Better than nothing? Patient-delivered partner therapy and partner notification for chlamydia: the views of Australian general practitioners
1 Department of General Practice, The University of Melbourne, 200 Berkley Street, Carlton, Victoria, Australia
2 Australian Primary Health Care Research Institute, Australian National University, Canberra, ACT, Australia
3 Melbourne Sexual Health Centre, 580 Swanston Street, Carlton, Victoria, Australia
4 Melbourne School of Population Health, The University of Melbourne, Carlton, Victoria, Australia
5 Centre of Excellence in Rural Sexual Health, School of Rural Health, The University of Melbourne, 49 Graham Street, Shepparton, Victoria, Australia
6 Australian National University and Canberra Sexual Health Centre, Garran, ACT, Australia
7 Cairns Sexual Health Service, Cairns Base Hospital, Cairns, Queensland, Australia
8 Key Centre for Women's Health in Society, The University of Melbourne, Carlton, Victoria, Australia
9 Australian Research Centre in Sex, Health and Society, Latrobe University, 215 Franklin Street, Melbourne, Victoria, Australia
BMC Infectious Diseases 2010, 10:274 doi:10.1186/1471-2334-10-274Published: 20 September 2010
Genital chlamydia is the most commonly notified sexually transmissible infection (STI) in Australia and worldwide and can have serious reproductive health outcomes. Partner notification, testing and treatment are important facets of chlamydia control. Traditional methods of partner notification are not reaching enough partners to effectively control transmission of chlamydia. Patient-delivered partner therapy (PDPT) has been shown to improve the treatment of sexual partners. In Australia, General Practitioners (GPs) are responsible for the bulk of chlamydia testing, diagnosis, treatment and follow up. This study aimed to determine the views and practices of Australian general practitioners (GPs) in relation to partner notification and PDPT for chlamydia and explored GPs' perceptions of their patients' barriers to notifying partners of a chlamydia diagnosis.
In-depth, semi-structured telephone interviews were conducted with 40 general practitioners (GPs) from rural, regional and urban Australia from November 2006 to March 2007. Topics covered: GPs' current practice and views about partner notification, perceived barriers and useful supports, previous use of and views regarding PDPT.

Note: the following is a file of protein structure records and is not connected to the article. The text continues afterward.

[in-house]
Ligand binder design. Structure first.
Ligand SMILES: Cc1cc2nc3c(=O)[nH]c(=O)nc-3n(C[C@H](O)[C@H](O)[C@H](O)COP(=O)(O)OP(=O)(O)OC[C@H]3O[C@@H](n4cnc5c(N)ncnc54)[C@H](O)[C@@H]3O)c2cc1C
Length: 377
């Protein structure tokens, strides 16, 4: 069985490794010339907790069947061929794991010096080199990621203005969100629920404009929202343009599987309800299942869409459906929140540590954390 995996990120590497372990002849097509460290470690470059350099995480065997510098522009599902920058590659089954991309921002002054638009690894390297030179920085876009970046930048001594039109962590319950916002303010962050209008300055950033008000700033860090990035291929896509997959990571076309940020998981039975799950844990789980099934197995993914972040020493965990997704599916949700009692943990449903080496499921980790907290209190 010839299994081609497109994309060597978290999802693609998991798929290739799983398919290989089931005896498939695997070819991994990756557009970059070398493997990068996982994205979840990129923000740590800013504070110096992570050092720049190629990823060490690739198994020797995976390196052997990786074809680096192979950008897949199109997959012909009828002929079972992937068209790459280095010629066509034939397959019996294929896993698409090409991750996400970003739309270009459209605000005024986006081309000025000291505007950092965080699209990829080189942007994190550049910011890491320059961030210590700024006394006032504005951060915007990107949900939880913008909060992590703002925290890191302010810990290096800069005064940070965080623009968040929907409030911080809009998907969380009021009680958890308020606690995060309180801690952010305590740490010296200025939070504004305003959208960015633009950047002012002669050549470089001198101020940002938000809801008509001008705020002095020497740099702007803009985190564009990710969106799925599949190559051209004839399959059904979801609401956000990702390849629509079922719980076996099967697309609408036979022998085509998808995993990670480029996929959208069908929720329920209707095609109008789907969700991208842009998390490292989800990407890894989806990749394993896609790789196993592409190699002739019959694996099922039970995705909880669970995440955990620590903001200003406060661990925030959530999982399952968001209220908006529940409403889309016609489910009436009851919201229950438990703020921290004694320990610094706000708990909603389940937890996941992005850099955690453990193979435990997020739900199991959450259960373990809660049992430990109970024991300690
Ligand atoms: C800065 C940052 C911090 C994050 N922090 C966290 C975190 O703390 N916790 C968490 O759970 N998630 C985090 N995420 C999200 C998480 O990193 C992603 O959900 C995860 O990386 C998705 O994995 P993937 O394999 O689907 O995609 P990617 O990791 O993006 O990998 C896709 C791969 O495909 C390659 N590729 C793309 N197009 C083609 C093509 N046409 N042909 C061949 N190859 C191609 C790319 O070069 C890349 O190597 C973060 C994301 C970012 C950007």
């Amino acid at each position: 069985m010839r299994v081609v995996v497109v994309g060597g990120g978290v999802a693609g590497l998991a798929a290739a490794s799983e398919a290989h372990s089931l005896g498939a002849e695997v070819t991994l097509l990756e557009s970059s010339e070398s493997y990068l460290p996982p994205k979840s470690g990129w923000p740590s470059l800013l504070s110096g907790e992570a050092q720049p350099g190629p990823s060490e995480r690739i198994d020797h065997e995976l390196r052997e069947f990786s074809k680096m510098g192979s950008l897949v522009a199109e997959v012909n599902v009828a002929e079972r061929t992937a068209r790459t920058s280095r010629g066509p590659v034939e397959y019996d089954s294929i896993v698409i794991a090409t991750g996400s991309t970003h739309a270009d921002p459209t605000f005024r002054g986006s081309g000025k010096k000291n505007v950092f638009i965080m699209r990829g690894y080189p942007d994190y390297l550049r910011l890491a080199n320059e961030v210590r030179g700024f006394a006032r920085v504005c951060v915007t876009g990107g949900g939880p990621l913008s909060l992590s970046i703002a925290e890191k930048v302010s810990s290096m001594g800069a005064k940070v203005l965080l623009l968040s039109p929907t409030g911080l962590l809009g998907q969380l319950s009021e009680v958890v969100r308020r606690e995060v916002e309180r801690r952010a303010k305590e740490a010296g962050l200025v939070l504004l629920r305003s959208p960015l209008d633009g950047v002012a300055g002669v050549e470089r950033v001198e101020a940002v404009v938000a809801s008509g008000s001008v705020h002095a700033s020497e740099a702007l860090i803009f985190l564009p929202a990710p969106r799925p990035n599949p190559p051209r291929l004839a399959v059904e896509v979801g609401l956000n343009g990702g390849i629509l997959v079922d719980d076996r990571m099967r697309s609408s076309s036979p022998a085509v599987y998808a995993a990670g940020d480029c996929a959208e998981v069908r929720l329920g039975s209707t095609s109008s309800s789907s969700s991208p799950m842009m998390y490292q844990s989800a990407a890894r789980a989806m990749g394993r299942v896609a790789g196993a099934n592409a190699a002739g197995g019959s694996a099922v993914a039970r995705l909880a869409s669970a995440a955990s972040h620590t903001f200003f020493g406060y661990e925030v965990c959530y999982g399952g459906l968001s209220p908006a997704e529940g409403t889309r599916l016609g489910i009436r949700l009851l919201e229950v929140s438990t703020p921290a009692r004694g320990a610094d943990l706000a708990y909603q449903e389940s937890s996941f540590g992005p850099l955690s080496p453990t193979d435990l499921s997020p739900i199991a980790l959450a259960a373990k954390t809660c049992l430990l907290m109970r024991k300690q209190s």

Transcripts were imported into NVivo7 and subjected to thematic analysis. Data saturation was reached after 32 interviews had been completed.
Perceived barriers to patients telling partners (patient referral) included: stigma; age and cultural background; casual or long-term relationship, ongoing relationship or not. Barriers to GPs undertaking partner notification (provider referral) included: lack of time and staff; lack of contact details; uncertainty about the legality of contacting partners and whether this constitutes breach of patient confidentiality; and feeling both personally uncomfortable and inadequately trained to contact someone who is not their patient. GPs were divided on the use of PDPT - many felt concerned that it is not best clinical practice but many also felt that it is better than nothing.
GPs identified the following factors which they considered would facilitate partner notification: clear clinical guidelines; a legal framework around partner notification; a formal chlamydia screening program; financial incentives; education and practical support for health professionals, and raising awareness of chlamydia in the community, in particular amongst young people.
GPs reported some partners do not seek medical treatment even after they are notified of being a sexual contact of a patient with chlamydia. More routine use of PDPT may help address this issue however GPs in this study had negative attitudes to the use of PDPT. Appropriate guidelines and legislation may make the use of PDPT more acceptable to Australian GPs.